The Dow and S&P500 were about unchanged this holiday-shortened week. The Transports added 1.2% and the Utilities were up 1.7%. The Morgan Stanley Cyclical index was up 0.5%, and the Morgan Stanley Consumer index was down 0.6%. The broader market speculative surge continues. The Russell 2000 added 1% this week. The Russell is already up 7% y-t-d, with a 52-week gain of 55.4%. The S&P400 Mid-cap index added almost 1%, increasing y-t-d gains to 4%. The highflying technology sector came under some selling pressure this week, following last week’s surge. The NASDAQ100 declined 1.5% and the Morgan Stanley High Tech index fell 2.4%. The Semiconductors dropped 5.7% (up 4% y-t-d). The Street.com Internet index was slightly positive (up 9% y-t-d), while the NASDAQ Telecommunications index declined almost 2% (up 9% y-t-d). The Biotechs gained 1%, increasing 2004 gains to almost 7%. Financial stocks were this week’s speculative vehicle of choice. The Broker/Dealers’ 1.3% rise increased y-t-d gains to 9%. The Banks added 1% (up 2.4% y-t-d). The NASDAQ Financial index is up 3.4% y-t-d and the NASDAQ insurance index 5.4%. Small cap financial stocks are on fire, with the NASDAQ Other Financial Index’s almost 3% rise increasing 2004 gains to 11% (up 91% over 52 weeks!). With bullion rising $1.33, the HUI Gold index was up less than 1%.
Today’s abrupt reversal at least temporarily halted what appeared an incipient bond market melt-up. For the week, 2-year Treasury yields were unchanged at 1.66%. Five-year yields rose 3 basis points to 3.06%, and 10-year Treasury yields rose 4 basis points to 4.07%. Fannie Mae benchmark mortgage-backed yields rose 2 basis points. Agency spreads generally widened one basis point. The 10-year dollar swap spread added 1 to 37.25. The implied yield on December Eurodollar declined 2 basis points to 1.885%. Corporate spreads were generally little changed to slightly wider on the week.
Bloomberg tallied about $8 billion corporate issuance during the shortened week. Investment grade issuers included Morgan Stanley $1.6 billion, Goldman Sachs EUR 1.5 billion, Bank of America $1 billion, Allied Waste $825 million, Procter & Gamble $500 million, Fifth Third Bank $375 million, Nationwide Building Society $400 million, MBIA $150 million, Halliburton $500 million, John Hancock $300 million, Jefferson-Pilot Corp $300 million, and Developers Diversified Realty $275 million.
January 22 – Dow Jones (Simona Covel): “Drive-by deals are in the driver’s seat in the junk bond market. With investors desperate for yield, even jumbo offerings can forgo the cost and hassle of a roadshow and instead be announced, shopped and priced in a single day. ‘We’re in a strange environment where a lot of the deals can get done without a roadshow,’ said Kevin McCormick, a high-yield portfolio manager with Weiss, Peck & Greer, which has $18 billion in assets under management. A combination of high demand and limited new issuance is fueling investors’ urgency.”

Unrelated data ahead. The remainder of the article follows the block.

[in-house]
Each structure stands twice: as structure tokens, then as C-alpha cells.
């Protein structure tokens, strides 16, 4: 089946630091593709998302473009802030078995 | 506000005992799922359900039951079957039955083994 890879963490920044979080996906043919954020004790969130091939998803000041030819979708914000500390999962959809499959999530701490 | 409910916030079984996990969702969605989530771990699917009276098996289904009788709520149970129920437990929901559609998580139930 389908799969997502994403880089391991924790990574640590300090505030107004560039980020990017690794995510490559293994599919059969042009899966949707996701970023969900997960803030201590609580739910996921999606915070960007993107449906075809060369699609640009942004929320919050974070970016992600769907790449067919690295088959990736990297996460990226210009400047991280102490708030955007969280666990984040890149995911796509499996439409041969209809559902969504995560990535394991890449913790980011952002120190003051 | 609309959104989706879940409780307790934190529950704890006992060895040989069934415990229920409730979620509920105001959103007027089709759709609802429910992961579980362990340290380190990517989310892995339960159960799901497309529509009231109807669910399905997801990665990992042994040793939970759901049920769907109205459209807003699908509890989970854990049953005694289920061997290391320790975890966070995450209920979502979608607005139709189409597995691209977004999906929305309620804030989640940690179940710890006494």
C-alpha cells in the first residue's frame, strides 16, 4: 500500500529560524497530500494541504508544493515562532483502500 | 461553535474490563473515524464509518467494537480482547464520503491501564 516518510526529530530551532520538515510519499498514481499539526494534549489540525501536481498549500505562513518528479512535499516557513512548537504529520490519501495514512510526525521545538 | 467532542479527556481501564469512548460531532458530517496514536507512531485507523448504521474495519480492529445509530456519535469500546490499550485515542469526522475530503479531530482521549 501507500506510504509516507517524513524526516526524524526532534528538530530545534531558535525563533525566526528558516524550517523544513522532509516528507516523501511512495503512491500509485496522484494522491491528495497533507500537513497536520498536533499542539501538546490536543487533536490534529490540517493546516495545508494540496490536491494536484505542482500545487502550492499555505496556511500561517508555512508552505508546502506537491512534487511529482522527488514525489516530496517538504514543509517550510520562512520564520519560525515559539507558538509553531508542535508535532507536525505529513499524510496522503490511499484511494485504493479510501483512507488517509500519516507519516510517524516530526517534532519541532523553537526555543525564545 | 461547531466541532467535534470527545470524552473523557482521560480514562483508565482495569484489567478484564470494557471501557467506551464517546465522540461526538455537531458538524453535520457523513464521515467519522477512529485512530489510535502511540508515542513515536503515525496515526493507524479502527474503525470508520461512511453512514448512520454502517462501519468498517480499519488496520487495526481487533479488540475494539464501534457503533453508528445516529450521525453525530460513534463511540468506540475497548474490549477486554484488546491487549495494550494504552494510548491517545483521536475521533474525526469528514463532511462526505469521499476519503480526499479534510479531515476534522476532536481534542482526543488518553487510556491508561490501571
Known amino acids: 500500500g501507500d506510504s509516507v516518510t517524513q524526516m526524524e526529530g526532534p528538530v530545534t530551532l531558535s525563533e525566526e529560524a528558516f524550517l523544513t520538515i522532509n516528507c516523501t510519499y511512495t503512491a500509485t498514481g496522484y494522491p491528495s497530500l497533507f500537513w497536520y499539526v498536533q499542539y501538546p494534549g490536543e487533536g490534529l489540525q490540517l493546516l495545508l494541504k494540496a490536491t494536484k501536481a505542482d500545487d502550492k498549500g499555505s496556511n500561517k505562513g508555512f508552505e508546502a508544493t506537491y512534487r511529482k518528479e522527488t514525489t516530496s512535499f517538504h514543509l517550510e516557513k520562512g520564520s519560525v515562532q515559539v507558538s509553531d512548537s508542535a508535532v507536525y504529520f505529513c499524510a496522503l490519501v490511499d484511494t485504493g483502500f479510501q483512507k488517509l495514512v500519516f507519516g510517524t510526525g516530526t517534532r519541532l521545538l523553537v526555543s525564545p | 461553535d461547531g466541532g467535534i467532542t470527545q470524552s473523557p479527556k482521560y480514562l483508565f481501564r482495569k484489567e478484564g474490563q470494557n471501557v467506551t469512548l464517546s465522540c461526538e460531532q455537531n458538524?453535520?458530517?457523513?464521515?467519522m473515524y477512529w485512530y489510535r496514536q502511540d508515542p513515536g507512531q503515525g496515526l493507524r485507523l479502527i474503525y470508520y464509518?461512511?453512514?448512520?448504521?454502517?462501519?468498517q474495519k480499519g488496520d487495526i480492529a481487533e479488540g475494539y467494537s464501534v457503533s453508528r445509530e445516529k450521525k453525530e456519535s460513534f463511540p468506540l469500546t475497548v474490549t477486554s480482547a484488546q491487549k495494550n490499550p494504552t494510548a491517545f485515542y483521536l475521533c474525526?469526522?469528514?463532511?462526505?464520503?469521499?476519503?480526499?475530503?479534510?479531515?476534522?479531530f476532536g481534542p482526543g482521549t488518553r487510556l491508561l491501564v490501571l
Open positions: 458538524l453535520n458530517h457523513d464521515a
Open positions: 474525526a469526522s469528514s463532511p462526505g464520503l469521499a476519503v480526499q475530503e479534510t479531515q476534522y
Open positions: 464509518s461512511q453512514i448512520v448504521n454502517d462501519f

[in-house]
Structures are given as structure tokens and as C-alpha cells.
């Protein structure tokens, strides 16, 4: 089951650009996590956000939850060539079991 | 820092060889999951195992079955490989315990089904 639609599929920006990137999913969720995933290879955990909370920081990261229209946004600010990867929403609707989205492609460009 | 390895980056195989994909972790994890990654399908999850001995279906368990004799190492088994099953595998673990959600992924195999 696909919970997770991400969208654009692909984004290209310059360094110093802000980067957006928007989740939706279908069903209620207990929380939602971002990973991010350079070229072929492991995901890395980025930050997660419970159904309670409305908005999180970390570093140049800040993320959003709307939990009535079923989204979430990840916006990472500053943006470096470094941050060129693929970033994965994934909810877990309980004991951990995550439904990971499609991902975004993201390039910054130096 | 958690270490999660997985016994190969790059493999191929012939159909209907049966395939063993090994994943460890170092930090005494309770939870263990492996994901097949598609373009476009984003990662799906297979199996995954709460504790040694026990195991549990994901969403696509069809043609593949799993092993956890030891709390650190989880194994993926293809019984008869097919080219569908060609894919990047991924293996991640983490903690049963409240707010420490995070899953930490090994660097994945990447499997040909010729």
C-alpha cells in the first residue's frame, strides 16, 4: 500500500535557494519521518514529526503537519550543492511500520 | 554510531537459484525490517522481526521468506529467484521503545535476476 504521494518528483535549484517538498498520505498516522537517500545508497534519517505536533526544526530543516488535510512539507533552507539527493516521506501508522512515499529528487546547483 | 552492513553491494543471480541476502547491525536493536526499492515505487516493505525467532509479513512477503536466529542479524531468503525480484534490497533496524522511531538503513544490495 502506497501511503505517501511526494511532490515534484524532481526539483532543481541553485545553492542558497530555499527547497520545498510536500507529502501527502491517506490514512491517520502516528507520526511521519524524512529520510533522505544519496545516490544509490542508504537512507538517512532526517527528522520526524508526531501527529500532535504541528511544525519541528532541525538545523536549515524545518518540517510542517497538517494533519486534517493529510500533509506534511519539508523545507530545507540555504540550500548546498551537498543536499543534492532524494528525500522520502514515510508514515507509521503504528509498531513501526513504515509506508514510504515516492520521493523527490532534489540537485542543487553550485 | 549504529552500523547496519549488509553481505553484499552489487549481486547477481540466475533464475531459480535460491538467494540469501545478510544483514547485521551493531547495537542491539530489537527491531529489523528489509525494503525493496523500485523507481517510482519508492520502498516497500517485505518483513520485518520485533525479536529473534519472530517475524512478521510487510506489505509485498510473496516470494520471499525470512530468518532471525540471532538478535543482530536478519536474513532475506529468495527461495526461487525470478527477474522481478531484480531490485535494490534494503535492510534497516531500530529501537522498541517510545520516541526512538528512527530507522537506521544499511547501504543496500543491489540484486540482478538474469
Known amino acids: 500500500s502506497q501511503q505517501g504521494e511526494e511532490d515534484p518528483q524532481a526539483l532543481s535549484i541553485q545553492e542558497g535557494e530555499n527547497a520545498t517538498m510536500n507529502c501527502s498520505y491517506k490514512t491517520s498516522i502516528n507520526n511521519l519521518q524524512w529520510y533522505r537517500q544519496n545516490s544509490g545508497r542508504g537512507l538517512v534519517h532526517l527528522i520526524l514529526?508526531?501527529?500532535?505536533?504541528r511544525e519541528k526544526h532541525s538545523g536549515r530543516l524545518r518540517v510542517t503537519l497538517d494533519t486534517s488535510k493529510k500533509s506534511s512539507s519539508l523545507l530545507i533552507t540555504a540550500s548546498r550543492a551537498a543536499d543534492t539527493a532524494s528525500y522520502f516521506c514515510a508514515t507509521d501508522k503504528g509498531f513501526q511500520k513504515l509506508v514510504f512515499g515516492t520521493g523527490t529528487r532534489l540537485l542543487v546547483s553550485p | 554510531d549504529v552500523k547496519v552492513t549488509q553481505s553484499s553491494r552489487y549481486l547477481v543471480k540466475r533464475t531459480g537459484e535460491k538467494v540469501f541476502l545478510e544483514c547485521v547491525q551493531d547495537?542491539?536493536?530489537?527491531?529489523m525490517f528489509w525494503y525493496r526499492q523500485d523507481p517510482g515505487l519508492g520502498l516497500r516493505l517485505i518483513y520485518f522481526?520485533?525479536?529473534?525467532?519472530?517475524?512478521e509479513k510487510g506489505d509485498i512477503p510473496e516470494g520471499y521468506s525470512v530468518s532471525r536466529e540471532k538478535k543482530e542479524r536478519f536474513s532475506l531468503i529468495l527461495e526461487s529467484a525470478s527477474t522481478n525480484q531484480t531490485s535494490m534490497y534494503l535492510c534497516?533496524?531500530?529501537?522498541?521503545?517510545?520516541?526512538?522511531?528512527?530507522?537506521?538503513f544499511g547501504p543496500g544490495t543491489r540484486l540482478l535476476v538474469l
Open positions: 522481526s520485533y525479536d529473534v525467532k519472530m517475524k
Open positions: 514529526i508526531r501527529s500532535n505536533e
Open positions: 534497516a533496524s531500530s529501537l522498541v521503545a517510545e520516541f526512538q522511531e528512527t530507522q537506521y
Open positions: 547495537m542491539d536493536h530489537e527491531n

And today from Bloomberg: “U.S. high-yield, or ‘junk’ bond sales…totaled $8.4 billion in January... In the same three-week period a year ago, sales totaled $2.2 billion.” Junk bond funds received $220 million this week (from AMG), in what has been a steady stream of inflows. Junk bond issuers included United Rentals $1.375 billion, Mail Well $320 million, Portola Packaging $180 million, UAP Holding Corp $125 million, and Kingsway America $100 million.
Convert issuers included Teva Pharmaceutical $1 billion and Komag $70 million.
Foreign dollar debt issuers included Chile $600 million, Republic of Panama $250 million, Corp Andina De Fomento $200 million, and Cosipa $175 million.
Freddie posted 30-year fixed mortgage rates declined 2 basis points last week to 5.64% (down 23 basis points in two weeks!). Fifteen-year fixed mortgage rates declined two basis points to 4.95%. One year adjustable-rate mortgages could be had at 3.56%, down 6 basis points for the week. One year-adjustable rates were down 20 basis points in two weeks to the lowest level since mid-July.
Fed Foreign (“Custody”) Holdings of Treasury, Agency Debt surged $22.2 billion last week to $1.105 Trillion. Custody holdings have increased $102.85 billion in 10 weeks, or better than 50% annualized. Over the past 52 weeks, Custody Holdings were up an unprecedented $247 billion, or 29%.
Broad money supply (M3) jumped $37 billion for the week of January 12. The two-week gain of $66.9 billion is the strongest since July. For the week, Demand and Checkable Deposits declined by $31.3 billion, while Savings Deposits surged $54.2 billion. Small Denominated Deposits dipped $1.4 billion. Retail Money Fund deposits declined $9.0 billion and Institutional Money Fund deposits dropped $14.4 billion. Large Denominated Deposits jumped $21.5 billion (up $63.4 billion in two weeks!). Repurchase Agreements rose $11.9 billion and Eurodollar deposits gained $5.6 billion. Over the past 20 weeks, Retail Money Fund deposits have declined $87 billion, or 26% annualized, to $791.5 billion. During the same period, Institutional Money Fund deposits contracted $70 billion, or 15% annualized, to $1.1 Trillion. We remain in the heart of a major disintermediation out of low-yielding money fund deposits and into securities.